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As you will have inferred from our long term test reports, the Hyundai Tucson is one of the more popular SUVs in our fleet. It looks great, has a lovely ride, unfussy dynamics, pleasing interiors and a fantastic music system that makes long drives a joy. The engine too is punchy and the automatic transmission, while not having the shift speeds of a twin-clutch, is well matched to the torque spread of the 2-litre diesel mill delivering refined shifts that are quick enough for an SUV of this class. It deserves to sell in stronger numbers than it currently does and to give it a boost it now gets the option of all-wheel drive.
As with the regular front-wheel-drive Tucson the engine makes 185bhp and 400Nm of torque; there is no change in the outputs. But now, thanks to the 4WD, it does a much better job of putting its power down. Where the steering would squirm and front wheels spin up under hard initial acceleration on less-than-grippy tarmac, resulting in the ESC cutting in, the 4WD Tucson accelerates without any drama. It makes the Tucson feel peppier and more eager on acceleration runs, pulling out a further advantage over the VW Tiguan that, while 40bhp down on power, had the traction thanks to standard 4WD.
The improved traction on the 4WD Tucson become even more apparent on gravel tracks. This is probably the one area that we found our long term test Tucson lacking, on the last climb up to our farm house where we also test our rally cars the Tucson needed a good run up to build momentum lest it spin the front tyres and send a dust cloud towards the house. This 4WD Tucson does the climb without any drama and that makes it feel more like an SUV.
The 4WD is an on-demand system that is natively front-wheel drive and sends drive to the rear wheels only when it detects slip; technically it is an all-wheel drive system. However for slippery surfaces it also gets a 4WD lock that splits the power 50-50 front to rear so there’s no delay in the power going to the rear wheels. There is also hill descent control if you’re really thinking of going off-road though, truth be told, this is an SUV that works best on the road where the stable handling and polished road manners will be appreciated. Speaking of that hill descent, the added safety kit on the 4WD variant also filters down to the lower-GL-spec Tucsons that, in addition to Downhill Brake Control (DBC), get Electronic Stability Control (ESC) and Vehicle Stability Management (VSM).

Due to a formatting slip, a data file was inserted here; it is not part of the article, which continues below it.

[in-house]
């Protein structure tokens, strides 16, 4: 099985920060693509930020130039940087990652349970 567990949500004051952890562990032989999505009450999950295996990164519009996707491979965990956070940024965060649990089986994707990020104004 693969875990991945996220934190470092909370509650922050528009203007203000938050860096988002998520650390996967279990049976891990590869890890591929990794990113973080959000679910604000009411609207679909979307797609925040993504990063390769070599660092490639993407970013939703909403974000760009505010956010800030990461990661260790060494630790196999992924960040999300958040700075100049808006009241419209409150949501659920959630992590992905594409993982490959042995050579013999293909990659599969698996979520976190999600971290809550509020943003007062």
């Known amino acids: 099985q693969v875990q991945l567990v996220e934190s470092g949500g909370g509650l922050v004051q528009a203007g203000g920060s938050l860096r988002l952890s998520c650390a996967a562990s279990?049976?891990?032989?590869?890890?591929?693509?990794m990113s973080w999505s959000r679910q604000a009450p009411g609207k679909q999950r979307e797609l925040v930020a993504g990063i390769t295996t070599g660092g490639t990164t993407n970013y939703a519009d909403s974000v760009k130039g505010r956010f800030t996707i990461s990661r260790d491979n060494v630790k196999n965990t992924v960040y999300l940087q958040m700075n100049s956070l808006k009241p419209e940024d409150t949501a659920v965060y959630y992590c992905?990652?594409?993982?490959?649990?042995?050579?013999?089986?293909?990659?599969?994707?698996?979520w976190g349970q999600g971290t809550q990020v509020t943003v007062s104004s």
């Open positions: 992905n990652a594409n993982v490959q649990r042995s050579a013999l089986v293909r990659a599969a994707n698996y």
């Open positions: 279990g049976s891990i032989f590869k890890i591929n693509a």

On the road there really isn’t much to differentiate the 4WD Tucson from the FWD save the better traction when accelerating with vigor from traffic lights or toll booths, especially in Sport mode. What we did notice was the brakes now have better feel and aren’t as spongy on the Tucsons we have driven in the past and that is a welcome improvement. The handling remains safe and reassuring with good body control, not a great deal of body roll and a lifeless steering.
On the styling front there is nothing really to differentiate the 4WD Tucson apart from the badging on the (electrically operated) tailgate and that, we feel, is a miss. After all if you’re paying more for the 4WD variant (Rs 48,000) you want your SUV to scream it. It doesn’t get any extra kit over the regular Tucson either, not even a sunroof which we all expected the range-topper to get.
At Rs 25.19 lakh ex-showroom the 4WD Tucson slots between the Jeep Compass and Volkswagen Tiguan is only available in the top-spec GLS trim with the diesel-automatic. It’s a price that knocks on the doors of premium German brands and that, in the main, is why you don’t see too many Tucsons on the road. As for ability and capability the Tucson, now with the addition of 4WD, is an even better package and prospective buyers would be doing themselves a major disservice if this SUV isn’t at the top of their consideration list.